Paula Leitz

Associate Professor of Education

Paula Leitz Profile Photo
Phased Retirement
  • Professional
  • Personal
  • Video


  • Ph.D., University of Washington, 1988
  • M.A., California State University, Sacramento, 1976
  • B.A., University of California, Davis, 1971

Areas of Emphasis or Expertise

  • Differentiation and Accommodations in General Education Settings
  • Inclusive Education
  • Learning Strategies
  • Reading Intervention
  • Teacher Development


Paula has been teaching at PLU since 1994. She coordinates the Alternative Routes to Certification Program and teaches in that program and the undergraduate program. Prior to this she was on the faculty at Saint Martin’s University in the undergraduate and graduate education departments. Paula started her career in 1972 teaching 5 to 21 year old students with special needs in California. She also has worked as a special education administrator in school districts both in Washington and California. During her fifteen years at PLU, Paula has been involved in a variety of programs. She has coordinated the International Multi-Cultural Experience (IMET) program; a year-long program that was designed for Norwegian educators to learn about the history, educational systems and various cultures of Washington State. In addition, Paula was Co-director of an USAID/ALO grant for which training was provided over two years for teachers of the Ondao Primary Mobile School Project in Namibia and more recently she has developed and initiated a six-week student teaching for education students in Windhoek, Namibia. She also has served as the Associate Dean for five years and as a member of the Dean Team for one year. Paula’s current research is focused in three areas: international student teaching experiences’ impact on the cultural competence of pre-service teachers; long term effects of in-service training on Namibian teachers’ instructional skills, and; impact of a four phase model integrated with differentiated instruction on the success of students with chronic illness.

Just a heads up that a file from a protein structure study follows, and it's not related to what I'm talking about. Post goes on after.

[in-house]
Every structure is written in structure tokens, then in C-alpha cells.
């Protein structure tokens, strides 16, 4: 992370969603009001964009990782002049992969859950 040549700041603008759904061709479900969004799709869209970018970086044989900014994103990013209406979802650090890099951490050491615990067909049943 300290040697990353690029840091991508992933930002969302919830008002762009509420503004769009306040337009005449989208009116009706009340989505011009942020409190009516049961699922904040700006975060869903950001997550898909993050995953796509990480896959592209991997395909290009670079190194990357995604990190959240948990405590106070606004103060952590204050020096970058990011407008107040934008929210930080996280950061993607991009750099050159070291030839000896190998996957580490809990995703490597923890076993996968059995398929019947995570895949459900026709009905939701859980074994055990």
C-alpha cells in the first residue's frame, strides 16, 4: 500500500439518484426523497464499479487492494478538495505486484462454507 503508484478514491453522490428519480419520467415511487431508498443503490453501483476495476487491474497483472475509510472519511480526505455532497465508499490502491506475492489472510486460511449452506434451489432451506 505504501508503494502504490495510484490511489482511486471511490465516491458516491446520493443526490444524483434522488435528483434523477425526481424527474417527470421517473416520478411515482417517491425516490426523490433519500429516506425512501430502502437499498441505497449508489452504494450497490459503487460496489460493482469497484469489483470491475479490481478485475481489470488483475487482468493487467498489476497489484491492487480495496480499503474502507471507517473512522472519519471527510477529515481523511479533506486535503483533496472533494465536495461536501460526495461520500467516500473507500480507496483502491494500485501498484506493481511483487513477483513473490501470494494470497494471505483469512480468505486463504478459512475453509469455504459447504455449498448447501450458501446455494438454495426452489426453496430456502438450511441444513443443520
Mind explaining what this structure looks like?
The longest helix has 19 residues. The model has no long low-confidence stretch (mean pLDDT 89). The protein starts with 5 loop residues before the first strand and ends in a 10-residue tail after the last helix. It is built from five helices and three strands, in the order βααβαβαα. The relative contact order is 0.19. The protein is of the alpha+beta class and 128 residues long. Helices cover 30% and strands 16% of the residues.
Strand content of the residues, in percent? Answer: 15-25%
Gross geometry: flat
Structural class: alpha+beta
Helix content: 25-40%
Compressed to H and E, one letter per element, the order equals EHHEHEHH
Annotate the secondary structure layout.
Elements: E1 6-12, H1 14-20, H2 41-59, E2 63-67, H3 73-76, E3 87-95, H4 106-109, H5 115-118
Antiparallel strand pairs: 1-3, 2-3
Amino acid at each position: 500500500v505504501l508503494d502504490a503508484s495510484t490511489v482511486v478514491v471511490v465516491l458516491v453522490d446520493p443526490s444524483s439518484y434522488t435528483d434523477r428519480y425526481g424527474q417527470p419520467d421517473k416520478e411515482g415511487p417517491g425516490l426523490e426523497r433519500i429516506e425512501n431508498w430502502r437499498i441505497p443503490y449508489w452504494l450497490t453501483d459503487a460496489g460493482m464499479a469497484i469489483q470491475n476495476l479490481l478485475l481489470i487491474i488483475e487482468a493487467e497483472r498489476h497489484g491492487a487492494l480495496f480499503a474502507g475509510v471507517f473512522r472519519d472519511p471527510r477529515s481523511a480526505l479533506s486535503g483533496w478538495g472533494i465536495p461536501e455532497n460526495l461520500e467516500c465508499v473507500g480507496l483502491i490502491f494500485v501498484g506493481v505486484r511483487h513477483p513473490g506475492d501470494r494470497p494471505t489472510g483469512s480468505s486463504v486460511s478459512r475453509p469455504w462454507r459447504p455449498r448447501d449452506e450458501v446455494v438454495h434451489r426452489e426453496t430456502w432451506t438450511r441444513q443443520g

Comparative Education in Namibia